Paid professional killer Philip Raven (Alan Ladd), after committing two murders for hire, seeks revenge after being double-crossed by double-agent Willard Gates (Laird Cregar) and chemical company president Alvin Brewster (Tully Marshall). Drawn into the hunt after meeting by accident (and sharing a common enemy, Gates) is super-sultry, peek-a-boo blonde nightclub singer/magician Ellen Graham (Veronica Lake), who attempts to understand the “soft side” of the murderous, cold-blooded hired gun, who admits he was abused as a child. The pair struggle to avoid the police, led by Ellen’s boyfriend – police investigator Michael Crane (Robert Preston), as Raven tracks his double-crossing smugglers down to a secret plant where the spy ring manufactures poison gas to sell to Japan – the wartime enemy. In the rousing conclusion, Brewster attempts to kill Raven but dies of heart failure, while Raven shoots Gates dead. Raven is lethally-wounded by police, but did not shoot Michael because Ellen was helping him. As Raven dies, they find the sabotagers’ written confession.

Learn more and watch the trailer here.

 

Poster for the movie "Woman of the Year"

© 1942 Metro-Goldwyn-Mayer (MGM) − All right reserved.

Woman of the Year

D: George Stevens

A witty romantic comedy-drama (and a semi-screwball comedy) about gender roles originally developed by Garson Kanin (with an Oscar-winning script by Ring Lardner, Jr. and Michael Kanin). This marked the first onscreen pairing of Tracy and Hepburn (the first of nine such films that lasted over a period of 25 years). It is a charming film with superb acting, dialogue and chemistry between the two actors.

Successful New York newspaper sportswriter Sam Craig (Spencer Tracy) works for the same newspaper as celebrated, sophisticated, no-nonsense, career-minded political columnist Tess Harding (Katharine Hepburn). They first meet after he angrily responds in a column to her unpopular opinion that baseball games should be suspended during the war. The opposites have some attraction to each other and get married, but find that they have very little in common with each other. After She is clueless when he takes her to a daytime baseball game – a classic scene. The plot highlights their strained marital relationship. In the film’s conclusion, she considers getting divorced, but then is chosen “Woman of The Year.” The film included the famous final scene of Tess attempting to cook breakfast (coffee, waffles, and eggs) in his kitchen, with disastrous results.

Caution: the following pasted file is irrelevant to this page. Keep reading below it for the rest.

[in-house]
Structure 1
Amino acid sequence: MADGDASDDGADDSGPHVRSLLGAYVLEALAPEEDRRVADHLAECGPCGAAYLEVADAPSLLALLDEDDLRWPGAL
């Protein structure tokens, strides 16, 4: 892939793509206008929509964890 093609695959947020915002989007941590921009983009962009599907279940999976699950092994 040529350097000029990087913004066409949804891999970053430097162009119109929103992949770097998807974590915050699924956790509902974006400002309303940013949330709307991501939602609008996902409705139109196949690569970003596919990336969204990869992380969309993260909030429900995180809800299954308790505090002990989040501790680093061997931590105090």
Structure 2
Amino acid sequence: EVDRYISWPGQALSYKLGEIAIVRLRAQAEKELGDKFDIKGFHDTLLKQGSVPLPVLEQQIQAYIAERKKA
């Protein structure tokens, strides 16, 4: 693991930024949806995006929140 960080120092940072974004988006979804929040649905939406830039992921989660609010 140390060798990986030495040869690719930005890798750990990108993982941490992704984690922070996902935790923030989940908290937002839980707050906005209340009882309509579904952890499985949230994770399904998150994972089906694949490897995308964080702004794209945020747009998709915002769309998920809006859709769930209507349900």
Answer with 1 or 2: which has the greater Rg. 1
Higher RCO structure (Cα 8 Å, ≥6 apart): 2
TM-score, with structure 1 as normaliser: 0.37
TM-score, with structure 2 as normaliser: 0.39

Learn more and watch the trailer here.

 

Poster for the movie "Yankee Doodle Dandy"

© 1942 Warner Bros. − All right reserved.

Yankee Doodle Dandy 

D: Michael Curtiz

A somewhat fictionalized rags-to-riches, All-American biography and grand musical – one of Hollywood’s greatest musicals, and the highest-grossing film of the year. Notable for having its energetic tough-guy star, James Cagney, honored as the first Academy Award Oscar for Best Actor for a performance in a musical. Cagney reprised the role of George M. Cohan in The Seven Little Foys (1955). This film, mostly told in flashback, is about the legendary life of Cohan, the early 20th century vaudevillian song and dance man (hoofer), prodigious Broadway playwright and songwriter (with at least three dozen-produced Broadway musical shows and more than 300 songs).

Born on the 4th of July, immensely patriotic Cohan (James Cagney) relates his life story in flashback to President Franklin Delano Roosevelt (Captain Jack Young, only viewed from the back). He was a member of a vaudevillian family including his father Jerry (Walter Huston), mother Nellie (Rosemary DeCamp), and sister Josie (Jeanne Cagney). Through sheer determination and talent, he becomes the most famous performer, songwriter and screen writer (aka “the man who owned Broadway”). With fancy footwork and memorable flag-waving tunes (such as “Over There,” You’re a Grand Old Flag,” and “Yankee Doodle Dandy”), this is a film that helped to build World War II morale on the home front.

Learn more and watch the trailer here.